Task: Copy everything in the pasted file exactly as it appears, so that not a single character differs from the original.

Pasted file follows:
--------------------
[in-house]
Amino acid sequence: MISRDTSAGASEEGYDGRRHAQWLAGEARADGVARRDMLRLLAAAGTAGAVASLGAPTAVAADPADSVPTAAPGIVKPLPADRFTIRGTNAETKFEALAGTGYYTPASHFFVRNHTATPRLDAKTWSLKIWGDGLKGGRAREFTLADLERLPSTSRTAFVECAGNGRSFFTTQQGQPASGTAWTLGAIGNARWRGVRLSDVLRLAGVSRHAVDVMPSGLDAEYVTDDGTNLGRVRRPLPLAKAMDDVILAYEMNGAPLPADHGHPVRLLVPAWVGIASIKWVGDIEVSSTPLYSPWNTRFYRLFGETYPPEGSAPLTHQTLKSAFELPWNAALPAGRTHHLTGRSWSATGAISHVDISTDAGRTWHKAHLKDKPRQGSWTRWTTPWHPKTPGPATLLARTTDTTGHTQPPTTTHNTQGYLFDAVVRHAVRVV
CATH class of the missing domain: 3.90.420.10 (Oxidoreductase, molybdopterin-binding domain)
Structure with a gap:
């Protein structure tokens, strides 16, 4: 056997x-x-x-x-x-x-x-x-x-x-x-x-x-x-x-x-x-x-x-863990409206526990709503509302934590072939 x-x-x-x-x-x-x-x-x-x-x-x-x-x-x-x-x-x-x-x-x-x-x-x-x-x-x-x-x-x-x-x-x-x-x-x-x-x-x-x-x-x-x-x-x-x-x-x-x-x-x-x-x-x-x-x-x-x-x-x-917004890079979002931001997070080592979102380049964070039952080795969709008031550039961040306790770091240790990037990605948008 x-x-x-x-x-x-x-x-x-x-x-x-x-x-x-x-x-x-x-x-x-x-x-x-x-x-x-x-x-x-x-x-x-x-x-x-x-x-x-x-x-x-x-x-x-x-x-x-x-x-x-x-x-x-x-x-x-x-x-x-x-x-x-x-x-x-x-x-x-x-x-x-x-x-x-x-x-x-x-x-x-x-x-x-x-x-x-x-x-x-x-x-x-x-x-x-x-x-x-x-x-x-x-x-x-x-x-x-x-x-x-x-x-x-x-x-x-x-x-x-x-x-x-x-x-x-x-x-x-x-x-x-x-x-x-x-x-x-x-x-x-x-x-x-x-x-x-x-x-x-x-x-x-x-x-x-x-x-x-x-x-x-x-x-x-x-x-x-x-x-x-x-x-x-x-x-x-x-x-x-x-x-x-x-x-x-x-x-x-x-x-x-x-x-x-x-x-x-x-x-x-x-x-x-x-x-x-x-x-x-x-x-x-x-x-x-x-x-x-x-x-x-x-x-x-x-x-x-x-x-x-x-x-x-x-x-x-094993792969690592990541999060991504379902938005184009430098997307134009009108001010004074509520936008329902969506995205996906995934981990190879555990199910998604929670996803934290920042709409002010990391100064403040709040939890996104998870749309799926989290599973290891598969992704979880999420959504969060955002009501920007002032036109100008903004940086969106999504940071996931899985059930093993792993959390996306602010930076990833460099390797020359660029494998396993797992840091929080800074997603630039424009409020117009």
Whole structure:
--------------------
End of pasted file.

[in-house]
Amino acid sequence: MISRDTSAGASEEGYDGRRHAQWLAGEARADGVARRDMLRLLAAAGTAGAVASLGAPTAVAADPADSVPTAAPGIVKPLPADRFTIRGTNAETKFEALAGTGYYTPASHFFVRNHTATPRLDAKTWSLKIWGDGLKGGRAREFTLADLERLPSTSRTAFVECAGNGRSFFTTQQGQPASGTAWTLGAIGNARWRGVRLSDVLRLAGVSRHAVDVMPSGLDAEYVTDDGTNLGRVRRPLPLAKAMDDVILAYEMNGAPLPADHGHPVRLLVPAWVGIASIKWVGDIEVSSTPLYSPWNTRFYRLFGETYPPEGSAPLTHQTLKSAFELPWNAALPAGRTHHLTGRSWSATGAISHVDISTDAGRTWHKAHLKDKPRQGSWTRWTTPWHPKTPGPATLLARTTDTTGHTQPPTTTHNTQGYLFDAVVRHAVRVV
CATH class of the missing domain: 3.90.420.10 (Oxidoreductase, molybdopterin-binding domain)
Structure with a gap:
């Protein structure tokens, strides 16, 4: 056997x-x-x-x-x-x-x-x-x-x-x-x-x-x-x-x-x-x-x-863990409206526990709503509302934590072939 x-x-x-x-x-x-x-x-x-x-x-x-x-x-x-x-x-x-x-x-x-x-x-x-x-x-x-x-x-x-x-x-x-x-x-x-x-x-x-x-x-x-x-x-x-x-x-x-x-x-x-x-x-x-x-x-x-x-x-x-917004890079979002931001997070080592979102380049964070039952080795969709008031550039961040306790770091240790990037990605948008 x-x-x-x-x-x-x-x-x-x-x-x-x-x-x-x-x-x-x-x-x-x-x-x-x-x-x-x-x-x-x-x-x-x-x-x-x-x-x-x-x-x-x-x-x-x-x-x-x-x-x-x-x-x-x-x-x-x-x-x-x-x-x-x-x-x-x-x-x-x-x-x-x-x-x-x-x-x-x-x-x-x-x-x-x-x-x-x-x-x-x-x-x-x-x-x-x-x-x-x-x-x-x-x-x-x-x-x-x-x-x-x-x-x-x-x-x-x-x-x-x-x-x-x-x-x-x-x-x-x-x-x-x-x-x-x-x-x-x-x-x-x-x-x-x-x-x-x-x-x-x-x-x-x-x-x-x-x-x-x-x-x-x-x-x-x-x-x-x-x-x-x-x-x-x-x-x-x-x-x-x-x-x-x-x-x-x-x-x-x-x-x-x-x-x-x-x-x-x-x-x-x-x-x-x-x-x-x-x-x-x-x-x-x-x-x-x-x-x-x-x-x-x-x-x-x-x-x-x-x-x-x-x-x-x-x-x-094993792969690592990541999060991504379902938005184009430098997307134009009108001010004074509520936008329902969506995205996906995934981990190879555990199910998604929670996803934290920042709409002010990391100064403040709040939890996104998870749309799926989290599973290891598969992704979880999420959504969060955002009501920007002032036109100008903004940086969106999504940071996931899985059930093993792993959390996306602010930076990833460099390797020359660029494998396993797992840091929080800074997603630039424009409020117009």
Whole structure: